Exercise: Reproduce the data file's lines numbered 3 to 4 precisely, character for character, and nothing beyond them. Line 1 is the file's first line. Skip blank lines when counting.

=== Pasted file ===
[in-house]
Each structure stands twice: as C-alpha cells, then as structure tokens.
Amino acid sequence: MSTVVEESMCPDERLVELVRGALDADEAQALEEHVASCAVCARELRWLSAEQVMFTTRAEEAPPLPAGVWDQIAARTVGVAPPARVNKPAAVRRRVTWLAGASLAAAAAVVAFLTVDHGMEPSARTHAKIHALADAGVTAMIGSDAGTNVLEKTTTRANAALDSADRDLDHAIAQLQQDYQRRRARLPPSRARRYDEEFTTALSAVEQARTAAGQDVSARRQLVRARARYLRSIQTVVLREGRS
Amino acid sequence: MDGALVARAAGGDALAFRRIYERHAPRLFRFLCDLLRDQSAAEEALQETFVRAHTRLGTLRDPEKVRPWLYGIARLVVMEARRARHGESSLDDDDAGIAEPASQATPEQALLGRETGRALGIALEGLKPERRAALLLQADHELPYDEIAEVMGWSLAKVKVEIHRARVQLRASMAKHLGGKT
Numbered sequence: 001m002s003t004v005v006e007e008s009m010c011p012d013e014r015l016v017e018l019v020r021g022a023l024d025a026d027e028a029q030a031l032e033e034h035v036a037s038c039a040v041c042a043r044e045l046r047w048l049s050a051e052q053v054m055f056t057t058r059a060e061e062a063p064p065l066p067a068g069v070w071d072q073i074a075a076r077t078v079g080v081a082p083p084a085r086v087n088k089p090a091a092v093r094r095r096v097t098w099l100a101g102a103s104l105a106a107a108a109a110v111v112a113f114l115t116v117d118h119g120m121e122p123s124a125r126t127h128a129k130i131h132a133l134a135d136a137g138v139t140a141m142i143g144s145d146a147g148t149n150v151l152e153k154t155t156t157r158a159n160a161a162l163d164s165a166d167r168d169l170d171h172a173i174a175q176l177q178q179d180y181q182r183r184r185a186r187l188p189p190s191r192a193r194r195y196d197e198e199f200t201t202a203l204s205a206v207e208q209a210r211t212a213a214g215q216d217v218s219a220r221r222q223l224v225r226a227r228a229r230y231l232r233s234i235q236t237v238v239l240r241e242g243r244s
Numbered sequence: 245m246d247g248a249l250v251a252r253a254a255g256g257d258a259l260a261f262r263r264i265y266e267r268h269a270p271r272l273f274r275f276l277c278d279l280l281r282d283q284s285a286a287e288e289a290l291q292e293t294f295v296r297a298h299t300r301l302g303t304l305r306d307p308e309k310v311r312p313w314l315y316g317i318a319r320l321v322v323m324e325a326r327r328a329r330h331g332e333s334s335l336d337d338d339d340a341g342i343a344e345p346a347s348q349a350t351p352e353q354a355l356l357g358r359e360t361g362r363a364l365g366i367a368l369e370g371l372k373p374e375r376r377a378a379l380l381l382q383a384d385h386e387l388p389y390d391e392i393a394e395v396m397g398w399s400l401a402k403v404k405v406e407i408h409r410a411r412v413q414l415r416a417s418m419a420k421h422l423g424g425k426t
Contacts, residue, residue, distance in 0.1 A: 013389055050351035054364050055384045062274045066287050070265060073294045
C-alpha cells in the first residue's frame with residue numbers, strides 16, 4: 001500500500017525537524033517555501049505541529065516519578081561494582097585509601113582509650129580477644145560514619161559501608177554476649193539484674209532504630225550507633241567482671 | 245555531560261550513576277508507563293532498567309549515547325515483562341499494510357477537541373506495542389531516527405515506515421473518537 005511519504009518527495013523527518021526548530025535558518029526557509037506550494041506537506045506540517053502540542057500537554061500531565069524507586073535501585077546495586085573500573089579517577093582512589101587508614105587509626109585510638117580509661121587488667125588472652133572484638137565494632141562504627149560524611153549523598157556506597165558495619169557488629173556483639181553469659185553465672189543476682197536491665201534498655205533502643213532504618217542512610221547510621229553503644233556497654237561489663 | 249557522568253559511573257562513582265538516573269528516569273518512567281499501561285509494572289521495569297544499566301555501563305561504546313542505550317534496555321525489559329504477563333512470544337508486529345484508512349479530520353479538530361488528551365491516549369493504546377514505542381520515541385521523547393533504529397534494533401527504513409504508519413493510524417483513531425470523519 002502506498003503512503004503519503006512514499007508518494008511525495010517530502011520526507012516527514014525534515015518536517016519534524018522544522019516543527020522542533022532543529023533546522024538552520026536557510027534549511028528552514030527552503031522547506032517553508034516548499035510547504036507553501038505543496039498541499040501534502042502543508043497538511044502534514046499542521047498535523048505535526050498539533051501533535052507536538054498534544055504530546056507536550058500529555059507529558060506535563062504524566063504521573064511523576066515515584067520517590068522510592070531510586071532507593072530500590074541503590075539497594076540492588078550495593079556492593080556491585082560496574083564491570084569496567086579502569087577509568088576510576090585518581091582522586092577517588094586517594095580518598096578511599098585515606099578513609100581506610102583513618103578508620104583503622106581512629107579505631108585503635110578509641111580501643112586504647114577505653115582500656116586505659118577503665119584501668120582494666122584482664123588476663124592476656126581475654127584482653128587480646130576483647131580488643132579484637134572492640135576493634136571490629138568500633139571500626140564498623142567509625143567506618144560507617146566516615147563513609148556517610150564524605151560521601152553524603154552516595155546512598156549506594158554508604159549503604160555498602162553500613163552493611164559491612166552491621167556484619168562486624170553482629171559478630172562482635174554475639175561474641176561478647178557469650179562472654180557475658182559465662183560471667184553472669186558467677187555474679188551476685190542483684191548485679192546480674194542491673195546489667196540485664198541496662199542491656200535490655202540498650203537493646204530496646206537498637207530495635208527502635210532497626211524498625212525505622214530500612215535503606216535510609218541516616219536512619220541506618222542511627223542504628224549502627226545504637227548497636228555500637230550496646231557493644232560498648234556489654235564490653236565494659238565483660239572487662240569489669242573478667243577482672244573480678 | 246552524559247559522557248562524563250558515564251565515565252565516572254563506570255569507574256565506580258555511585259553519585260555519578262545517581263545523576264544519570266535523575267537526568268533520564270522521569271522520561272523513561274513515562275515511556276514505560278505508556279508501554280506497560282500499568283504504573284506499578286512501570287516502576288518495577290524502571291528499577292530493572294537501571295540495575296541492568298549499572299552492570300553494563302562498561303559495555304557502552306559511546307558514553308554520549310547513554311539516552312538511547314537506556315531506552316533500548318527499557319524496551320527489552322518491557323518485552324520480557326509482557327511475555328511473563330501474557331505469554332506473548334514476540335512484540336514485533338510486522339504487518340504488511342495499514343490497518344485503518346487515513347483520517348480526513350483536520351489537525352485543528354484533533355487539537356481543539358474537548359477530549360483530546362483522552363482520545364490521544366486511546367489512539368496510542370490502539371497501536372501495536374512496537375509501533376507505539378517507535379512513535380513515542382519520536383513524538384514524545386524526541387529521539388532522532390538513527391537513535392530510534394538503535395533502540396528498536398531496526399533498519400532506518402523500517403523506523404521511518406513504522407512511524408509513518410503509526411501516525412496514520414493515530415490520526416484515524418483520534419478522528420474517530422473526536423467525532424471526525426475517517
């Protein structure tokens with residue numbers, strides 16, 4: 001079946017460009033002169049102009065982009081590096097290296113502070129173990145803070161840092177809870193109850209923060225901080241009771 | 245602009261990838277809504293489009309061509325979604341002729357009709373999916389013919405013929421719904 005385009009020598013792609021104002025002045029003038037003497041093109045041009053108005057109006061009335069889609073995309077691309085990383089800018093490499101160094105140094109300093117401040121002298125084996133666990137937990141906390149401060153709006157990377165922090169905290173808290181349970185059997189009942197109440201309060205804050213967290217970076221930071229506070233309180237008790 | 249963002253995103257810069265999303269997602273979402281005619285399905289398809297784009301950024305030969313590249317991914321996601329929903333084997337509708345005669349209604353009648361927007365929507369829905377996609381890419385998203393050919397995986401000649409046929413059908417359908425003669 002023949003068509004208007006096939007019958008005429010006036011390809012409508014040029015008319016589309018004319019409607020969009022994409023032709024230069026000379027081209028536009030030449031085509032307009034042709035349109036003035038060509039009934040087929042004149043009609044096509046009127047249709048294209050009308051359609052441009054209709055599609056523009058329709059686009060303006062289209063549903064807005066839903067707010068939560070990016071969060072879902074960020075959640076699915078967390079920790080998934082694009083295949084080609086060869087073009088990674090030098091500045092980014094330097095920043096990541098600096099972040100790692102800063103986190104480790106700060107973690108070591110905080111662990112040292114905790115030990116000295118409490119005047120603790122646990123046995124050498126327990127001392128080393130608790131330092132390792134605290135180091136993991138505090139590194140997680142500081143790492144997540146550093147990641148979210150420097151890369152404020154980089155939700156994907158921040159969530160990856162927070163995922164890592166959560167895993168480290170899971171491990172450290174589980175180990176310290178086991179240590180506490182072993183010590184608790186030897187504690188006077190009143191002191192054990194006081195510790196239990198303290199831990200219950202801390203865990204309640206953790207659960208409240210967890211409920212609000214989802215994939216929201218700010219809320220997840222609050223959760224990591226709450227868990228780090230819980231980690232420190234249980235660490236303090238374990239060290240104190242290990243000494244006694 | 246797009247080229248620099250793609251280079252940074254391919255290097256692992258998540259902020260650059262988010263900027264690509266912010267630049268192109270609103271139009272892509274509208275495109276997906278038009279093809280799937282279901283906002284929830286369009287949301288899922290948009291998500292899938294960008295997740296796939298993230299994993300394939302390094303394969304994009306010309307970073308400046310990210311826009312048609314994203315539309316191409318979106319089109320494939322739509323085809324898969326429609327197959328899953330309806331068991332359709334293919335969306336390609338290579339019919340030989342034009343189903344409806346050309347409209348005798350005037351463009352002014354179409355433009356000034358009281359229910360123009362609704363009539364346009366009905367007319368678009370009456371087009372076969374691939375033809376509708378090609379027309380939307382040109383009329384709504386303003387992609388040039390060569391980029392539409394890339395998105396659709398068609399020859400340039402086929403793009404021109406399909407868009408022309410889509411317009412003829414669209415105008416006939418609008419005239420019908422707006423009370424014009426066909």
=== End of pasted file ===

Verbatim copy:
Amino acid sequence: MSTVVEESMCPDERLVELVRGALDADEAQALEEHVASCAVCARELRWLSAEQVMFTTRAEEAPPLPAGVWDQIAARTVGVAPPARVNKPAAVRRRVTWLAGASLAAAAAVVAFLTVDHGMEPSARTHAKIHALADAGVTAMIGSDAGTNVLEKTTTRANAALDSADRDLDHAIAQLQQDYQRRRARLPPSRARRYDEEFTTALSAVEQARTAAGQDVSARRQLVRARARYLRSIQTVVLREGRS
Amino acid sequence: MDGALVARAAGGDALAFRRIYERHAPRLFRFLCDLLRDQSAAEEALQETFVRAHTRLGTLRDPEKVRPWLYGIARLVVMEARRARHGESSLDDDDAGIAEPASQATPEQALLGRETGRALGIALEGLKPERRAALLLQADHELPYDEIAEVMGWSLAKVKVEIHRARVQLRASMAKHLGGKT